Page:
Abstract

Apologies result in better outcomes for wrongdoers in a variety of legal contexts. Previous research, however, has primarily addressed settings in which a clear victim receives the apology. This research uses experimental methods to examine the influence of apologies on a different kind of legal decision-the decision of a bankruptcy judge to confirm or not to confirm a proposed repayment plan. This article expands examination of apologies to a legal setting in which there is no clear "victim" and to decisions of a neutral (nonvictim) decisionmaker. We find that judges' assessments of debtors were influenced by apologies. These assessments, in turn, affected judges' confirmation decisions.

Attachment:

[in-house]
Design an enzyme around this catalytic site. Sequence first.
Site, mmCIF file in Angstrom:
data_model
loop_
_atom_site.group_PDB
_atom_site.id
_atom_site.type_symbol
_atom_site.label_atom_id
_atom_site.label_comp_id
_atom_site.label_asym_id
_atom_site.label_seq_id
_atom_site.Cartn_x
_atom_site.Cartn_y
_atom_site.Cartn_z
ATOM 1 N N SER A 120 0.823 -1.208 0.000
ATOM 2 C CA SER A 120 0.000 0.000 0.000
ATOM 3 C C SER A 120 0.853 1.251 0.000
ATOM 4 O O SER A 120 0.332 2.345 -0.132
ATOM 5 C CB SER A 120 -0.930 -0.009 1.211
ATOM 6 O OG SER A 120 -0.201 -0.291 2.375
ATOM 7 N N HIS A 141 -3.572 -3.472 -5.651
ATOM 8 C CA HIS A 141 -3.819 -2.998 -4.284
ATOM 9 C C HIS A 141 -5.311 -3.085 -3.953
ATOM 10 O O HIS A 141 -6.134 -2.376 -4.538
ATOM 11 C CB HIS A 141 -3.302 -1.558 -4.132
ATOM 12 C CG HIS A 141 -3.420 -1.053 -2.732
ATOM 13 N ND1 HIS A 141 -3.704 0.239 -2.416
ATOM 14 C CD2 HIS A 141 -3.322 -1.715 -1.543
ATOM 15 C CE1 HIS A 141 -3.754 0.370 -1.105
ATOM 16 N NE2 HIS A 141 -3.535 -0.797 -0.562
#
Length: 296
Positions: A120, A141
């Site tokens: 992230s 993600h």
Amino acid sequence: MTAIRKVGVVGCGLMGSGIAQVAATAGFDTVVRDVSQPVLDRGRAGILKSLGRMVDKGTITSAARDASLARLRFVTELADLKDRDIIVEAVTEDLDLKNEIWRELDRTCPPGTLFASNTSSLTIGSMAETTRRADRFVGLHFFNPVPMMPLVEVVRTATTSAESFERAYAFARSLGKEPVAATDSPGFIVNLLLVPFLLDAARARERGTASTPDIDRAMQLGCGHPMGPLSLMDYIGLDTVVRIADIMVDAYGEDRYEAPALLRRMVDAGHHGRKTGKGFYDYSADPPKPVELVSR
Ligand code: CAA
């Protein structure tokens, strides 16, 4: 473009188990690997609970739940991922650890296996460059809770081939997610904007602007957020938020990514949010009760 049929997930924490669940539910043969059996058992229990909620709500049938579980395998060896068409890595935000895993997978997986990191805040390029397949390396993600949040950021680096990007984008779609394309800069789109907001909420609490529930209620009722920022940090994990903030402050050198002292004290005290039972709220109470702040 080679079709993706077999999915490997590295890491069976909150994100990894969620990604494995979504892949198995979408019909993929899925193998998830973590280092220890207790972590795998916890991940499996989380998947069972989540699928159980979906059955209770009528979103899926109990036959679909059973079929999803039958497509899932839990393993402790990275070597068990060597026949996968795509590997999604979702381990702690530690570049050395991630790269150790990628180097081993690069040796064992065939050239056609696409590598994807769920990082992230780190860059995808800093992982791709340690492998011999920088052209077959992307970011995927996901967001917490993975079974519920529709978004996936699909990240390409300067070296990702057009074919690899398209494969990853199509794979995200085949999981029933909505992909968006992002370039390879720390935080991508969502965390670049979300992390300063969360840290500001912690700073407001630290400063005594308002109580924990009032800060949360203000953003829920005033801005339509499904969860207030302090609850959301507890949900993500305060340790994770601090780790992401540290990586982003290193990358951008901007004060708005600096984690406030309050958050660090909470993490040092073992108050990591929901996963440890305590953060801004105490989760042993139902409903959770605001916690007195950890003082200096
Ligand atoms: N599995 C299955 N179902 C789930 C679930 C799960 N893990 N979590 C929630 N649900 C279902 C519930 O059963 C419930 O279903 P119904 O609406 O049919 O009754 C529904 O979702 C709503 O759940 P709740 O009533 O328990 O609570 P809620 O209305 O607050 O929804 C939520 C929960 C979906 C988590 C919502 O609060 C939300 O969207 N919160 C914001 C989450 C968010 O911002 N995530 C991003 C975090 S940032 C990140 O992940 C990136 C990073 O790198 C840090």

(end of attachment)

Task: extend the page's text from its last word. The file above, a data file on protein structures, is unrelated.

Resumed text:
Original languageEnglish (US)
Pages (from-to)771-796
Number of pages26
JournalJournal of Empirical Legal Studies
Volume10
Issue number4
DOIs
StatePublished - Dec 1 2013

ASJC Scopus subject areas

  • Education
  • Law

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